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CHAP. was partly an indirect consequence, partly an isolated

manifestation. C. Justice How then does it really stand touching the jusof the sentence.

tice of this accusation and of the sentence to which (1) Un- it led? And what must be thought of the modern founded charges.

attempts to justify it? Most of the charges which (a) In re. were preferred against Socrates, rest undeniably on

misunderstandings, perversions, or false inferences. his teaching, life, Socrates is said to have rejected the Gods of the and influ

state. We have already seen this statement contradicted by all historical testimonies. He is said to have substituted his daluóviov in their place. We, however, likewise know that he neither put it in

lation to


1 It is well known that Hegel is inferior to the treatise of has defended it on the side of Preller (Haller, A. L. Z. 1838, Greek law, and Dresig, a hun- No. 87), although many of its dred years earlier, maintained details are valuable. Luzac, in a very superficial treatise, de Socrate cive 1796, despite that Socrates, as an opponent his usual learning, does little of a republican government, for the question. Grote's rehad been justly condemned. marks, on the other hand, Forchhammer goes a great deal touching the extenuating cirfurther in his treatise, and so cumstances, which, without does Dénis. See p. 178, 3. altogether justifying, excuse Köchly, on the other hand, the condemnation of Socrates, confines himself, in Acad. Vortr. are deserving of all attention. i. 382, to the assertion that in Grote, Hist. of Greece, viii. the indictment of Socrates 678, 653. guilt was equally divided and 2 Forchhammer repeats the reduced to a minimum on charge without proof, as if its either side. The answer of truth were obvious of itself, Heinsius to Forchhammer (So- and he speaks of orthodoxy and crates nach dem Grade seiner heresy like a modern theoloSchuld.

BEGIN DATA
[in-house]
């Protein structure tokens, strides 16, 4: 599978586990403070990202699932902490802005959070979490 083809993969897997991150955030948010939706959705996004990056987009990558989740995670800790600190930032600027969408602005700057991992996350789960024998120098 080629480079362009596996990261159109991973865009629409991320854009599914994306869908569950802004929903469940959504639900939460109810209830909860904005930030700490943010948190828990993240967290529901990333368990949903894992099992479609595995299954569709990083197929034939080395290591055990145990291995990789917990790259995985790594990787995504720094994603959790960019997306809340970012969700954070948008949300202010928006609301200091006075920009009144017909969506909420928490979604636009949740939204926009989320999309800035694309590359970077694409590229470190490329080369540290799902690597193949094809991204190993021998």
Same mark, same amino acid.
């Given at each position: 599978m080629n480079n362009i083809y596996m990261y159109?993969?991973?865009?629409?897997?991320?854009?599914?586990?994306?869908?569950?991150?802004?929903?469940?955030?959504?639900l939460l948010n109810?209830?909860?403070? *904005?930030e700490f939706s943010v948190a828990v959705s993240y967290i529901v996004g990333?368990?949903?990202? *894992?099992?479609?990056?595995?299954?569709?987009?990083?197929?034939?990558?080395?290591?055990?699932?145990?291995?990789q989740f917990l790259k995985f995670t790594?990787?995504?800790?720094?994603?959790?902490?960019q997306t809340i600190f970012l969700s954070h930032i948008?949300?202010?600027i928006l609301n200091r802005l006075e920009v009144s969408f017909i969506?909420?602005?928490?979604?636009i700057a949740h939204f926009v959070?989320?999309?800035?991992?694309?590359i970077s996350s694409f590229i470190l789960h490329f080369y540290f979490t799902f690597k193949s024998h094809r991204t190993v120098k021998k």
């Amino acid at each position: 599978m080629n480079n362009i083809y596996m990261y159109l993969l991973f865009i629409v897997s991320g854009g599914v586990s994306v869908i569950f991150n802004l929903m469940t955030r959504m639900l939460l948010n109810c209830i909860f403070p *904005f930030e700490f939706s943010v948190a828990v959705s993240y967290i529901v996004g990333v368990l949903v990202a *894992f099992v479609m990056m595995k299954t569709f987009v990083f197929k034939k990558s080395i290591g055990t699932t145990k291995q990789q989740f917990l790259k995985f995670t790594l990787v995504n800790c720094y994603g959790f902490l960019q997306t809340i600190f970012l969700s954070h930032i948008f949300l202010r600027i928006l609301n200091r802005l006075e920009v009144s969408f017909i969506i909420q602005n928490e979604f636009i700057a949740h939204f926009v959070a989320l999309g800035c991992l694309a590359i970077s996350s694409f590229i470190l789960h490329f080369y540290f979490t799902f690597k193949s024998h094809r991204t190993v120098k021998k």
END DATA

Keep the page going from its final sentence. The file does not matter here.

1839) is por- gian. But a Greek thought tant, and the learned Apologia far less of belief than of outSocratis contra Meliti redivivi ward service, and hence XenoCalumniam, by P. van Limburg phon, Mem. i. 1, 2, refutes the Brouwer (Grön. 1838), is de- charge by an appeal to the fact ficient in insight into the that he had sacrificed to the general questions involved, and Gods.